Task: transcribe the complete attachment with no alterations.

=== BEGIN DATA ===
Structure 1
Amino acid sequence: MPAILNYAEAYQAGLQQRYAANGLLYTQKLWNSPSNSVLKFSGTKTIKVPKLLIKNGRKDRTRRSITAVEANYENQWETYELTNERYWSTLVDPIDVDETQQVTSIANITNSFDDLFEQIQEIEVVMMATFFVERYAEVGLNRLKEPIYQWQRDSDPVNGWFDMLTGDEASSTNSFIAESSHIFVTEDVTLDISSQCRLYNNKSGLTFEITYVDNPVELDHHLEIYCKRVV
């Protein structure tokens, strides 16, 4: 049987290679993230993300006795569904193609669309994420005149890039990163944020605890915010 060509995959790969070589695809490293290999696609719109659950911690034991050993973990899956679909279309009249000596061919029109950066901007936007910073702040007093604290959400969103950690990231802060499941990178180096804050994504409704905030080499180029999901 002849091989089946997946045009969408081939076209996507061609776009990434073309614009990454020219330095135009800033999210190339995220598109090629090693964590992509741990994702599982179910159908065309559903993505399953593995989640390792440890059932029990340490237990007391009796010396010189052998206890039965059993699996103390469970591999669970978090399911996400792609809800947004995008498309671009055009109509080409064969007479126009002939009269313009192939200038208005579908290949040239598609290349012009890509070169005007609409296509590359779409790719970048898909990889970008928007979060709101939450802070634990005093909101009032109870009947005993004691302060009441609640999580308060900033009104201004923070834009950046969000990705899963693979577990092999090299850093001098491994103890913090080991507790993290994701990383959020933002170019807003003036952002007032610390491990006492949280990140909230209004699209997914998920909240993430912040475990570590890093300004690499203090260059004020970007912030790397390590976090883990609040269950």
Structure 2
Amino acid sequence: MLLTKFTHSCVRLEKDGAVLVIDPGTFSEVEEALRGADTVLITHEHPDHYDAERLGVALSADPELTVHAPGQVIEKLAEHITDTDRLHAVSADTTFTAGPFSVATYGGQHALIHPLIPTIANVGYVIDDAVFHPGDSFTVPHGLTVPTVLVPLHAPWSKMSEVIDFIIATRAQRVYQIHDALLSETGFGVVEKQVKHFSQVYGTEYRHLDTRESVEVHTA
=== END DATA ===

Structure 1
Amino acid sequence: MPAILNYAEAYQAGLQQRYAANGLLYTQKLWNSPSNSVLKFSGTKTIKVPKLLIKNGRKDRTRRSITAVEANYENQWETYELTNERYWSTLVDPIDVDETQQVTSIANITNSFDDLFEQIQEIEVVMMATFFVERYAEVGLNRLKEPIYQWQRDSDPVNGWFDMLTGDEASSTNSFIAESSHIFVTEDVTLDISSQCRLYNNKSGLTFEITYVDNPVELDHHLEIYCKRVV
């Protein structure tokens, strides 16, 4: 049987290679993230993300006795569904193609669309994420005149890039990163944020605890915010 060509995959790969070589695809490293290999696609719109659950911690034991050993973990899956679909279309009249000596061919029109950066901007936007910073702040007093604290959400969103950690990231802060499941990178180096804050994504409704905030080499180029999901 002849091989089946997946045009969408081939076209996507061609776009990434073309614009990454020219330095135009800033999210190339995220598109090629090693964590992509741990994702599982179910159908065309559903993505399953593995989640390792440890059932029990340490237990007391009796010396010189052998206890039965059993699996103390469970591999669970978090399911996400792609809800947004995008498309671009055009109509080409064969007479126009002939009269313009192939200038208005579908290949040239598609290349012009890509070169005007609409296509590359779409790719970048898909990889970008928007979060709101939450802070634990005093909101009032109870009947005993004691302060009441609640999580308060900033009104201004923070834009950046969000990705899963693979577990092999090299850093001098491994103890913090080991507790993290994701990383959020933002170019807003003036952002007032610390491990006492949280990140909230209004699209997914998920909240993430912040475990570590890093300004690499203090260059004020970007912030790397390590976090883990609040269950």
Structure 2
Amino acid sequence: MLLTKFTHSCVRLEKDGAVLVIDPGTFSEVEEALRGADTVLITHEHPDHYDAERLGVALSADPELTVHAPGQVIEKLAEHITDTDRLHAVSADTTFTAGPFSVATYGGQHALIHPLIPTIANVGYVIDDAVFHPGDSFTVPHGLTVPTVLVPLHAPWSKMSEVIDFIIATRAQRVYQIHDALLSETGFGVVEKQVKHFSQVYGTEYRHLDTRESVEVHTA